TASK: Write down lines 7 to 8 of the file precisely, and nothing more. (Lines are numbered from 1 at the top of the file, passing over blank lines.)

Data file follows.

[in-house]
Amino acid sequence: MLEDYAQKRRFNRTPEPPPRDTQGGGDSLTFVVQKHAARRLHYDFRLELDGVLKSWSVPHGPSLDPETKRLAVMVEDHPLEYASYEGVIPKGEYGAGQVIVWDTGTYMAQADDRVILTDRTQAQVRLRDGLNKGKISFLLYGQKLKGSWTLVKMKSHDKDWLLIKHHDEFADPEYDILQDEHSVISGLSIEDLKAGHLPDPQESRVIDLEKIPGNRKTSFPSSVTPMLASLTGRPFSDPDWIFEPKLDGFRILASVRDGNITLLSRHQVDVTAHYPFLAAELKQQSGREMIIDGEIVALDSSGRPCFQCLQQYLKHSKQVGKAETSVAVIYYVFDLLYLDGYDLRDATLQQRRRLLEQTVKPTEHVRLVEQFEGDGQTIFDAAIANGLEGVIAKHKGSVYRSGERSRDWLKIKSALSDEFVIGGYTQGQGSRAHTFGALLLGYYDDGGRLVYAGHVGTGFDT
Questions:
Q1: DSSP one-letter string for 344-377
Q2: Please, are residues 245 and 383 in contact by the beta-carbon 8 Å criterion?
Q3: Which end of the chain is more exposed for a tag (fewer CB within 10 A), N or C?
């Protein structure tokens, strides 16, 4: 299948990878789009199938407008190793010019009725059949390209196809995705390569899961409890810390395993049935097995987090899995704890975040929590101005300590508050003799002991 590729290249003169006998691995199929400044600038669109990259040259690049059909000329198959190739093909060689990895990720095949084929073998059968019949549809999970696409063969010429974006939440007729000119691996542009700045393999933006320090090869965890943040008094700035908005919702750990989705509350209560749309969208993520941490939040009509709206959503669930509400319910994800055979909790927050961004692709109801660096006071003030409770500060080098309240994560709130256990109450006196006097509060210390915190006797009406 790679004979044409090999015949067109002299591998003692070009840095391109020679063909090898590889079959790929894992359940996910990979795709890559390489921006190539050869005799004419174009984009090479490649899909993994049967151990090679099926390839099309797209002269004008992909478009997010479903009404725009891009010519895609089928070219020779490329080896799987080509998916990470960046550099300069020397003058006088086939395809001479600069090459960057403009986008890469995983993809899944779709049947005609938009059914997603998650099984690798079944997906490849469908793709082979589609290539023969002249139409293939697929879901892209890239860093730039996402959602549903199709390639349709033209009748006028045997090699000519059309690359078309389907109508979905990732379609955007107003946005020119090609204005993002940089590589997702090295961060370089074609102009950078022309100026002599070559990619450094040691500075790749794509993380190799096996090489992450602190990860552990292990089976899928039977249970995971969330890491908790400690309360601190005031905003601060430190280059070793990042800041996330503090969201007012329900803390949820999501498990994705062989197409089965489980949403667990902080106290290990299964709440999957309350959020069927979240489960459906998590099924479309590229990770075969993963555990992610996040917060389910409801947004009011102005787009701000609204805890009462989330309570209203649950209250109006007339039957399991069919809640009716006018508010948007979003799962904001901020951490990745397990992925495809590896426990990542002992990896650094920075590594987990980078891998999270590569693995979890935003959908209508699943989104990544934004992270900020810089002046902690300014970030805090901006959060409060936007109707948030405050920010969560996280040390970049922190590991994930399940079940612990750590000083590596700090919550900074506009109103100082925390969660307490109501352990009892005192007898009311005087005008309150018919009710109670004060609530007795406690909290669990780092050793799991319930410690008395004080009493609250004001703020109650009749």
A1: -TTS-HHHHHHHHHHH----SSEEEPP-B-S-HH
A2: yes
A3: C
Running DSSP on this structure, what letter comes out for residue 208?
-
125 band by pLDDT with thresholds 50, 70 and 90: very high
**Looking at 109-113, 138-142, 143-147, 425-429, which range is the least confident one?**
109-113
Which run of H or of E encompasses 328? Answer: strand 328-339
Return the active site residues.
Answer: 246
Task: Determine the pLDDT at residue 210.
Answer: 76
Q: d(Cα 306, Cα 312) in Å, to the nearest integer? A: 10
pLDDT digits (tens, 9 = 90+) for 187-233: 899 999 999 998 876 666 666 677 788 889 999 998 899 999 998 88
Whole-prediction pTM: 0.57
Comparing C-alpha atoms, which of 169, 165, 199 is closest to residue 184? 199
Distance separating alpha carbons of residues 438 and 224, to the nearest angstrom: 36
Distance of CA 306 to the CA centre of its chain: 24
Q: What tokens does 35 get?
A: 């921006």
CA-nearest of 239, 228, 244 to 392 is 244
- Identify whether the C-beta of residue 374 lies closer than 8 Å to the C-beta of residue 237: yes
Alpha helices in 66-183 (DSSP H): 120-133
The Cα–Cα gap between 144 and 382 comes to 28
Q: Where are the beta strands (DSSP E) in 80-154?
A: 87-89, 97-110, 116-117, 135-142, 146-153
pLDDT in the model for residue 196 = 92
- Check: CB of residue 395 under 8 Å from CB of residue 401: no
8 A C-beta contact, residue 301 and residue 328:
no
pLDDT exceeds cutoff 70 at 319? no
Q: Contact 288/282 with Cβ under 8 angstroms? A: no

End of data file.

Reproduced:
């Protein structure tokens, strides 16, 4: 299948990878789009199938407008190793010019009725059949390209196809995705390569899961409890810390395993049935097995987090899995704890975040929590101005300590508050003799002991 590729290249003169006998691995199929400044600038669109990259040259690049059909000329198959190739093909060689990895990720095949084929073998059968019949549809999970696409063969010429974006939440007729000119691996542009700045393999933006320090090869965890943040008094700035908005919702750990989705509350209560749309969208993520941490939040009509709206959503669930509400319910994800055979909790927050961004692709109801660096006071003030409770500060080098309240994560709130256990109450006196006097509060210390915190006797009406 790679004979044409090999015949067109002299591998003692070009840095391109020679063909090898590889079959790929894992359940996910990979795709890559390489921006190539050869005799004419174009984009090479490649899909993994049967151990090679099926390839099309797209002269004008992909478009997010479903009404725009891009010519895609089928070219020779490329080896799987080509998916990470960046550099300069020397003058006088086939395809001479600069090459960057403009986008890469995983993809899944779709049947005609938009059914997603998650099984690798079944997906490849469908793709082979589609290539023969002249139409293939697929879901892209890239860093730039996402959602549903199709390639349709033209009748006028045997090699000519059309690359078309389907109508979905990732379609955007107003946005020119090609204005993002940089590589997702090295961060370089074609102009950078022309100026002599070559990619450094040691500075790749794509993380190799096996090489992450602190990860552990292990089976899928039977249970995971969330890491908790400690309360601190005031905003601060430190280059070793990042800041996330503090969201007012329900803390949820999501498990994705062989197409089965489980949403667990902080106290290990299964709440999957309350959020069927979240489960459906998590099924479309590229990770075969993963555990992610996040917060389910409801947004009011102005787009701000609204805890009462989330309570209203649950209250109006007339039957399991069919809640009716006018508010948007979003799962904001901020951490990745397990992925495809590896426990990542002992990896650094920075590594987990980078891998999270590569693995979890935003959908209508699943989104990544934004992270900020810089002046902690300014970030805090901006959060409060936007109707948030405050920010969560996280040390970049922190590991994930399940079940612990750590000083590596700090919550900074506009109103100082925390969660307490109501352990009892005192007898009311005087005008309150018919009710109670004060609530007795406690909290669990780092050793799991319930410690008395004080009493609250004001703020109650009749």
A1: -TTS-HHHHHHHHHHH----SSEEEPP-B-S-HH